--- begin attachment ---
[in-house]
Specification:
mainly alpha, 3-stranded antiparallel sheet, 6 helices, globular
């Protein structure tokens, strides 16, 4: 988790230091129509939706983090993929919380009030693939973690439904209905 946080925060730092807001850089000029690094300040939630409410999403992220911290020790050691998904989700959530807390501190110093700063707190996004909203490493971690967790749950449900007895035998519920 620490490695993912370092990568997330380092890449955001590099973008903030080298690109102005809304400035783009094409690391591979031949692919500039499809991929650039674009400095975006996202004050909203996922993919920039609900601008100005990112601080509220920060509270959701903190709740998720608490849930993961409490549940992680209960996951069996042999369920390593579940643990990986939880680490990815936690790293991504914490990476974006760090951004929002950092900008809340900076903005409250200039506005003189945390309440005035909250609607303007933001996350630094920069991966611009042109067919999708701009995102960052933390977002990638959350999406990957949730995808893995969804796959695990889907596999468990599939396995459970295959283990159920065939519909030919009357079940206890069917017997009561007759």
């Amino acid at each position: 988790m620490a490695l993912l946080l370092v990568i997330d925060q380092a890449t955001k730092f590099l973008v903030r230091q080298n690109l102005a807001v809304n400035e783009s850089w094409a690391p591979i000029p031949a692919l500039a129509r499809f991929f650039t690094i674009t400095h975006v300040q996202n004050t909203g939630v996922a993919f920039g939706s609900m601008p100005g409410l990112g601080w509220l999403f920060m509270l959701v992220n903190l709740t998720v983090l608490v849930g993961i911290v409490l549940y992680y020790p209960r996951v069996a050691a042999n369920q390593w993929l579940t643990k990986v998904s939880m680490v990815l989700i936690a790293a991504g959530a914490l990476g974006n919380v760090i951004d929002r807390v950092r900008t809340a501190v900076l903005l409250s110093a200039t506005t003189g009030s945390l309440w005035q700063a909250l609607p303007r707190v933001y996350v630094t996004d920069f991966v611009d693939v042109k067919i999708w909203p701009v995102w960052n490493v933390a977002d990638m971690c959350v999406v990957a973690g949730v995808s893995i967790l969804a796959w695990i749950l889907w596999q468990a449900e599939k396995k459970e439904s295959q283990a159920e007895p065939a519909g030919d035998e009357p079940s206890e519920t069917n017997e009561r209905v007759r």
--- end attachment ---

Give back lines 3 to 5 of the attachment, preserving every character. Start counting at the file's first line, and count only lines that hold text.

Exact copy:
mainly alpha, 3-stranded antiparallel sheet, 6 helices, globular
């Protein structure tokens, strides 16, 4: 988790230091129509939706983090993929919380009030693939973690439904209905 946080925060730092807001850089000029690094300040939630409410999403992220911290020790050691998904989700959530807390501190110093700063707190996004909203490493971690967790749950449900007895035998519920 620490490695993912370092990568997330380092890449955001590099973008903030080298690109102005809304400035783009094409690391591979031949692919500039499809991929650039674009400095975006996202004050909203996922993919920039609900601008100005990112601080509220920060509270959701903190709740998720608490849930993961409490549940992680209960996951069996042999369920390593579940643990990986939880680490990815936690790293991504914490990476974006760090951004929002950092900008809340900076903005409250200039506005003189945390309440005035909250609607303007933001996350630094920069991966611009042109067919999708701009995102960052933390977002990638959350999406990957949730995808893995969804796959695990889907596999468990599939396995459970295959283990159920065939519909030919009357079940206890069917017997009561007759």
């Amino acid at each position: 988790m620490a490695l993912l946080l370092v990568i997330d925060q380092a890449t955001k730092f590099l973008v903030r230091q080298n690109l102005a807001v809304n400035e783009s850089w094409a690391p591979i000029p031949a692919l500039a129509r499809f991929f650039t690094i674009t400095h975006v300040q996202n004050t909203g939630v996922a993919f920039g939706s609900m601008p100005g409410l990112g601080w509220l999403f920060m509270l959701v992220n903190l709740t998720v983090l608490v849930g993961i911290v409490l549940y992680y020790p209960r996951v069996a050691a042999n369920q390593w993929l579940t643990k990986v998904s939880m680490v990815l989700i936690a790293a991504g959530a914490l990476g974006n919380v760090i951004d929002r807390v950092r900008t809340a501190v900076l903005l409250s110093a200039t506005t003189g009030s945390l309440w005035q700063a909250l609607p303007r707190v933001y996350v630094t996004d920069f991966v611009d693939v042109k067919i999708w909203p701009v995102w960052n490493v933390a977002d990638m971690c959350v999406v990957a973690g949730v995808s893995i967790l969804a796959w695990i749950l889907w596999q468990a449900e599939k396995k459970e439904s295959q283990a159920e007895p065939a519909g030919d035998e009357p079940s206890e519920t069917n017997e009561r209905v007759r």